The leadership in Birmingham, Alabama, on Tuesday took a stand against President Donald Trump's immigration orders — though the mayor and city council differed on terminology.
Mayor William Bell declined to use the term "sanctuary city" during a press conference Tuesday morning, instead using the words "welcoming city."
ABC 33/40 reported that Bell chose "welcoming city" after consulting with city attorneys over ways to support undocumented immigrants while avoiding a loss of federal funding Trump has threatened to cities that defy federal law.
Alabama state law also prevents cities from not complying with federal authorities on immigration.
But the difference is not only in the name. Bell said Birmingham police will cooperate with federal authorities in arresting illegal immigrants accused of breaking federal laws, but would not help rounding up such persons not accused of crimes.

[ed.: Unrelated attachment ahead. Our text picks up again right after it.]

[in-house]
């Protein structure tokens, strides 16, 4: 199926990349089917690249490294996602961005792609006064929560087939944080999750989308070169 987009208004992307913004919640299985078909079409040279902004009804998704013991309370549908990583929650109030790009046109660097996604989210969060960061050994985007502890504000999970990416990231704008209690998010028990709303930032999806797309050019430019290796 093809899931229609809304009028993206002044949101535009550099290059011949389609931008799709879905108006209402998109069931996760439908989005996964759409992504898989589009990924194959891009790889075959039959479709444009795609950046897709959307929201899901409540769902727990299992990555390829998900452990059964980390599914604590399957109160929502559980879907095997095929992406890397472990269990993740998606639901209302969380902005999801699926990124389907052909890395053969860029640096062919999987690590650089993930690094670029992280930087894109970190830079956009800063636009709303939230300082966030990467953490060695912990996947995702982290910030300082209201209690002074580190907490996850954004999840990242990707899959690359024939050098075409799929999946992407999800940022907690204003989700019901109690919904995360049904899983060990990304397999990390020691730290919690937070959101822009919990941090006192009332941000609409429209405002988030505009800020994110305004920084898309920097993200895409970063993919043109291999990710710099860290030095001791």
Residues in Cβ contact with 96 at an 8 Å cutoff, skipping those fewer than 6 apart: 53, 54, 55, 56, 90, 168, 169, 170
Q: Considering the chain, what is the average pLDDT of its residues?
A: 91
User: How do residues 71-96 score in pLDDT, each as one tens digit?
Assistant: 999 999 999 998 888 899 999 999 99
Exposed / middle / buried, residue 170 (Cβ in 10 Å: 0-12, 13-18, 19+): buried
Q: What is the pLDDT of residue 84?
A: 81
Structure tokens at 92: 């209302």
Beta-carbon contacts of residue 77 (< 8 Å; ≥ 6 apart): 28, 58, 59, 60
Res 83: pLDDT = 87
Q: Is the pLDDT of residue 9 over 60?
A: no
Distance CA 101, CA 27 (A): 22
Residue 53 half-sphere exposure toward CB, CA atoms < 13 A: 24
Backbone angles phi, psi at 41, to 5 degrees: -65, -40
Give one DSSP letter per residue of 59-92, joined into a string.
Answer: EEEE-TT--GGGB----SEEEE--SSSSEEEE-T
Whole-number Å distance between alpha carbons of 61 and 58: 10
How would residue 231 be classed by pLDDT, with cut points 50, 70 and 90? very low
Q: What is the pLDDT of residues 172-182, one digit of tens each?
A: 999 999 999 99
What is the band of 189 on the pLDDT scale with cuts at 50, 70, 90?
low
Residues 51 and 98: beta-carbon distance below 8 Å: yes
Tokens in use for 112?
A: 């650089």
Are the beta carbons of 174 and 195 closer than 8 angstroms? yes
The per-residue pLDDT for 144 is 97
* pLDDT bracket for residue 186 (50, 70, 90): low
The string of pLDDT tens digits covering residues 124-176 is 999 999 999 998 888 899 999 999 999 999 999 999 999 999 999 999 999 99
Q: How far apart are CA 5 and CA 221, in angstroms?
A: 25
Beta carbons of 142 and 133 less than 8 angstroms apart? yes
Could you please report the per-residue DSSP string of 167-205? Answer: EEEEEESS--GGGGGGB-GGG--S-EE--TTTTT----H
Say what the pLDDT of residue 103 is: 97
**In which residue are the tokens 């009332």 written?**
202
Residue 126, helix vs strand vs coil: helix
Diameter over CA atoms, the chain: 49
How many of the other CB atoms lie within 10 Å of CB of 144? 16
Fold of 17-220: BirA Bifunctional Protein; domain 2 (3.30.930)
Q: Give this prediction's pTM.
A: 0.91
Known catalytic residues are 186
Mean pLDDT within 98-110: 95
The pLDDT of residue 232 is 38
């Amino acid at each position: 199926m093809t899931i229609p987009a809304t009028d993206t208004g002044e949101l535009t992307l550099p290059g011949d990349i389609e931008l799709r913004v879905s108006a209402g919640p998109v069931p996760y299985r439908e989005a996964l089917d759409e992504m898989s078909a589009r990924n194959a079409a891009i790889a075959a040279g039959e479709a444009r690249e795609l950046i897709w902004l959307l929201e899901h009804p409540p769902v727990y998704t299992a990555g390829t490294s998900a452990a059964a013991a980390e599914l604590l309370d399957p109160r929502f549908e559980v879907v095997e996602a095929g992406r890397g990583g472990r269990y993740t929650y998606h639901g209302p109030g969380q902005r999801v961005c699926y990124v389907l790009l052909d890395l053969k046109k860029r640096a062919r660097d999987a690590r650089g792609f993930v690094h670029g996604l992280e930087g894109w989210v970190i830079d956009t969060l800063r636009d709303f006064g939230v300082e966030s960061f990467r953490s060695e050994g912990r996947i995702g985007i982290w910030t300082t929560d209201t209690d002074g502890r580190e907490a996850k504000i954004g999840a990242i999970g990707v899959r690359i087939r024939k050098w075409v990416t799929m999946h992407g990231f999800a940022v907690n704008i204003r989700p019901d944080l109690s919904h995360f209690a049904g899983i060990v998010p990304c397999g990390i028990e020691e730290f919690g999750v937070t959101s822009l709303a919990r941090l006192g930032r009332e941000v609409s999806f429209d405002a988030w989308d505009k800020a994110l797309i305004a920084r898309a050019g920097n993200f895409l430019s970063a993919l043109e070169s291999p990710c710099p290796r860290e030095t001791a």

Faith in Action Alabama posted on its Facebook page that Bell also said Birmingham will not implement a stop-and-frisk policy and will issue municipal ID cards.
Less than an hour after Bell's announcement, the Birmingham City Council unanimously passed a resolution using the term "sanctuary city." The resolution does not hold the force of law, according to WBRC Fox 6.
Bell said he is working with members of the Legislature to change or repeal portions of Alabama's immigration law that do not allow cities more autonomy in dealing with illegal immigrants.
Cities currently are not allowed to issue business licenses to such persons, but Bell said he believes the law does not prevent the city from recognizing licenses issued in other cities or states.
Birmingham was one of several cities across the nation that has seen protests against Trump's executive orders. It has a rich civil rights history, including being the scene of various marches where fire hoses were used against protesters in the 1960s.
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